When they bought it there were holes in the roof and every time it rained water cascaded down the walls.
The carpet was so thick with dregs it had to be taken up with a spade and the pub was facing a bankruptcy sale.
“People used to come to buy tickets for the waterfall and then find themselves under one in the bar,” said D Mark Thompson, who after more than a decade’s hard work restoring the 13th century Green Dragon Inn at Hardraw near Hawes, is calling time.
The pub, together with England’s highest single drop waterfall, Hardraw Force, a visitor centre, campsite and 5.5 hectares of parkland - home to the Hardraw Brass band Festival and Hardraw Gathering - have gone on the market for £1.5m.
The pub, which he bought for £375,000 in 2001, went on sale on its own in 2014, but Mr Thompson says “reluctantly” he has realised it made sense to put the whole site up.
One motivation has been he and his partner Yvonne Lovatt’s ill health.
Mr Thompson had a heart attack last May - but still insisted on driving to the doctors - while Ms Lovatt lives with leukaemia.
“You need youth in a place this big,” says Mr Thompson, who is 60 in March and has run four different Dales pubs since 1979. “I thought 10 years ago I would be carried out of here in a box, but you have to bow to the inevitable and take a pragmatic view.”
The business takes around £500,000 a year, but there could be scope for more: “I think with the right operators you could nearly double that. It wants to be somebody imaginative - you are buying into a dream.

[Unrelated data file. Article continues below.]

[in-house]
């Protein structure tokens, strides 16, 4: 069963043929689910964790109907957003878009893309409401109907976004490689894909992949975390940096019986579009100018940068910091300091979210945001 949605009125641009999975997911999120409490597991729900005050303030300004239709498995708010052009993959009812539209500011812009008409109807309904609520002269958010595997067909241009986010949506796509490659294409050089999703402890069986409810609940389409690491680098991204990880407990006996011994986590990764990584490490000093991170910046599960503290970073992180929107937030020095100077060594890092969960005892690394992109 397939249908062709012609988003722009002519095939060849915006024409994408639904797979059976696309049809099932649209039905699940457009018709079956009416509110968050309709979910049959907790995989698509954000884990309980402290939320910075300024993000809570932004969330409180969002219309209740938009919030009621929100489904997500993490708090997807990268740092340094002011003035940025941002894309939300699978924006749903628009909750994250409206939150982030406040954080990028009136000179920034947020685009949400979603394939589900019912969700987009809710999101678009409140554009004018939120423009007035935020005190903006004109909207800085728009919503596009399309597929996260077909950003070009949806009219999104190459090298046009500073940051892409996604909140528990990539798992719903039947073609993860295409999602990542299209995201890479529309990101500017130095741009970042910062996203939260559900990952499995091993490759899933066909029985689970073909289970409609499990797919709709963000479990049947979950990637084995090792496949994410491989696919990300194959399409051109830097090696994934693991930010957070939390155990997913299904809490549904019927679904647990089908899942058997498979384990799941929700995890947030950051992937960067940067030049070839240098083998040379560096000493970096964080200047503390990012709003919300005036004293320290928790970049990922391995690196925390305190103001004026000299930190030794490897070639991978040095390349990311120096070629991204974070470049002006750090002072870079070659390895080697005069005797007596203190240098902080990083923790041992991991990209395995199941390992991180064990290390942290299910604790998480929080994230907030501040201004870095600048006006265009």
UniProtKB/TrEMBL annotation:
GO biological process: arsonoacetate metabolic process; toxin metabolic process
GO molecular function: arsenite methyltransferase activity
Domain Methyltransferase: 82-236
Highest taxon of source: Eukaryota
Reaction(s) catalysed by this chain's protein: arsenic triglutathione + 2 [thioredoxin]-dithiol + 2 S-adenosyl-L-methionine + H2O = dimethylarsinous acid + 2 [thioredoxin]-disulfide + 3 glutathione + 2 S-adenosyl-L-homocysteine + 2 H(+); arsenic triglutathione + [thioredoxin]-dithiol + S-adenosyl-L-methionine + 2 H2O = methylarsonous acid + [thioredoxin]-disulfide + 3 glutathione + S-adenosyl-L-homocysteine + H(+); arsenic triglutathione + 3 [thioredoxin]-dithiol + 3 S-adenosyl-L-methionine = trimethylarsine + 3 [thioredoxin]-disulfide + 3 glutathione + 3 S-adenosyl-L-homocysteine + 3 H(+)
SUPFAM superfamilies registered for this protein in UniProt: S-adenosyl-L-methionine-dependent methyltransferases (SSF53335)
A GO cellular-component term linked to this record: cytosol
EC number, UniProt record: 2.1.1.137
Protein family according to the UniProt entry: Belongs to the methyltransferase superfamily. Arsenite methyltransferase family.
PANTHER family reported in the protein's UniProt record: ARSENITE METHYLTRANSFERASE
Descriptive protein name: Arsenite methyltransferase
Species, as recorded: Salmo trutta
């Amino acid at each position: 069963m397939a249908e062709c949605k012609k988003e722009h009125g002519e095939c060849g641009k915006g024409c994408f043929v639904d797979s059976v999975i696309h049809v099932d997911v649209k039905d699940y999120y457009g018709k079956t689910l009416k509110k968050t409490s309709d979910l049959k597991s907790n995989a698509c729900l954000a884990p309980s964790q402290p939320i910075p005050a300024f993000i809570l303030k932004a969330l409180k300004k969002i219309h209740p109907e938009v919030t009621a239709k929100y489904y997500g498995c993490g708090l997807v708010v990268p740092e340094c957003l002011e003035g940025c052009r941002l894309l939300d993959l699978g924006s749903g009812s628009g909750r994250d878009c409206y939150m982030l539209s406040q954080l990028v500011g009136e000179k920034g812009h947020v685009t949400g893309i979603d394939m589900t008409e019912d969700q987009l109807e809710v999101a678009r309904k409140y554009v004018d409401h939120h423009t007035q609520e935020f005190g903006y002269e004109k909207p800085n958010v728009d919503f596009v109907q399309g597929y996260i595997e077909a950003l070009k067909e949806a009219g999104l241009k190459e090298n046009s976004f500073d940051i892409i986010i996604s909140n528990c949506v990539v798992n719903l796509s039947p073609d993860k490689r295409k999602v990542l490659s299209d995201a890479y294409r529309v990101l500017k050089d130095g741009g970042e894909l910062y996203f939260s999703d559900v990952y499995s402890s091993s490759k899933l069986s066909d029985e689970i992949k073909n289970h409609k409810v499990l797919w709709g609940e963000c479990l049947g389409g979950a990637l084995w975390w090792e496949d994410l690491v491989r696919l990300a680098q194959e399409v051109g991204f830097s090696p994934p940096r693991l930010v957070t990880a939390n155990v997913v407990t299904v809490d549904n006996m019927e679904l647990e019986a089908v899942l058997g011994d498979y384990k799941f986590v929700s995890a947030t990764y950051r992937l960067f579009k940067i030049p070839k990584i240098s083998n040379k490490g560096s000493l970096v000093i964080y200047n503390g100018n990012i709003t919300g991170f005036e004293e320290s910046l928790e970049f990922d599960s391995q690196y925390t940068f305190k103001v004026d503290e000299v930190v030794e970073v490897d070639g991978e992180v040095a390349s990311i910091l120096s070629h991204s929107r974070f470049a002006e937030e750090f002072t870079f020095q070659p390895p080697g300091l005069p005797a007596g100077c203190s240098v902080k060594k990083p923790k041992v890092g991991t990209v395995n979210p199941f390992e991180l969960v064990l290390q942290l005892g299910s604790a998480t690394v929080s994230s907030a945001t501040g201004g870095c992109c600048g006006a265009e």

“There’s a nice cottage and a 15 acre back garden with the highest waterfall in England.
“It is a completely different way of life. I do all the books - Yvonne - I take my hat off to her - does the overseeing of the pub. It is really her baby.
“I’d like someone who doesn’t fit in with the flow - an eccentric - who can carry on the weave of the loom with their own creativity. There’s history, music, literature - Nature at the back - it’s a place for all seasons and all walks of life.”
The buyer will have colourful footsteps to follow: “Three years ago we held an Irish weekend. Naturally I ended up dancing on the tables in the bar parlour.
“Somehow someone photographed it but I thought no more until I received a copy of the Irish Post and yes, there I was in full flow, a tabloid table dancer:‘A romping session on Saturday night and the infectiously live sound saw D Mark Thompson, host at the Green Dragon, dancing Sean-nos on top of the table.’ The weekend is now a yearly event.”
Mr Thompson nurtured the Brass Band Festival and says he will ensure via a contract that it can take place the second Sunday of September “in perpetuity.”
But he insists there is no desperate rush, and there’s a plan B, involving a downstairs double bedroom.
“When I was a young guy there was Bessie Fletcher at the Blue Lion, East Witton and Mrs Bush at the Abbey Inn, Byland. Mrs Bush wouldn’t open till 9.30pm and then all she would have in were a couple of farmers and the local policeman.
“Bessie didn’t even have a sign up. The point is they reduced it down to the level of trade they wanted and felt comfortable with.
“We will just cut our clothes accordingly.”
JMW Turner stayed at the inn in July 1816, while painting the gorge into which Hardraw Force plunges from almost 100 feet high.
The waterfall was already a well-known attraction in Turner’s time, with contemporaries such as Wordsworth also visiting. Visitors have to go through the pub and pay to see the waterfall, which was used as a location for the 1991 movie, Robin Hood - Prince of Thieves, which starred Kevin Costner. Hardraw Force featured in a scene when Maid Marian catches Robin Hood bathing naked under a waterfall .
The inn is on the market with Skipton chartered surveyors Westlake & Co. It is available as a whole or three lots.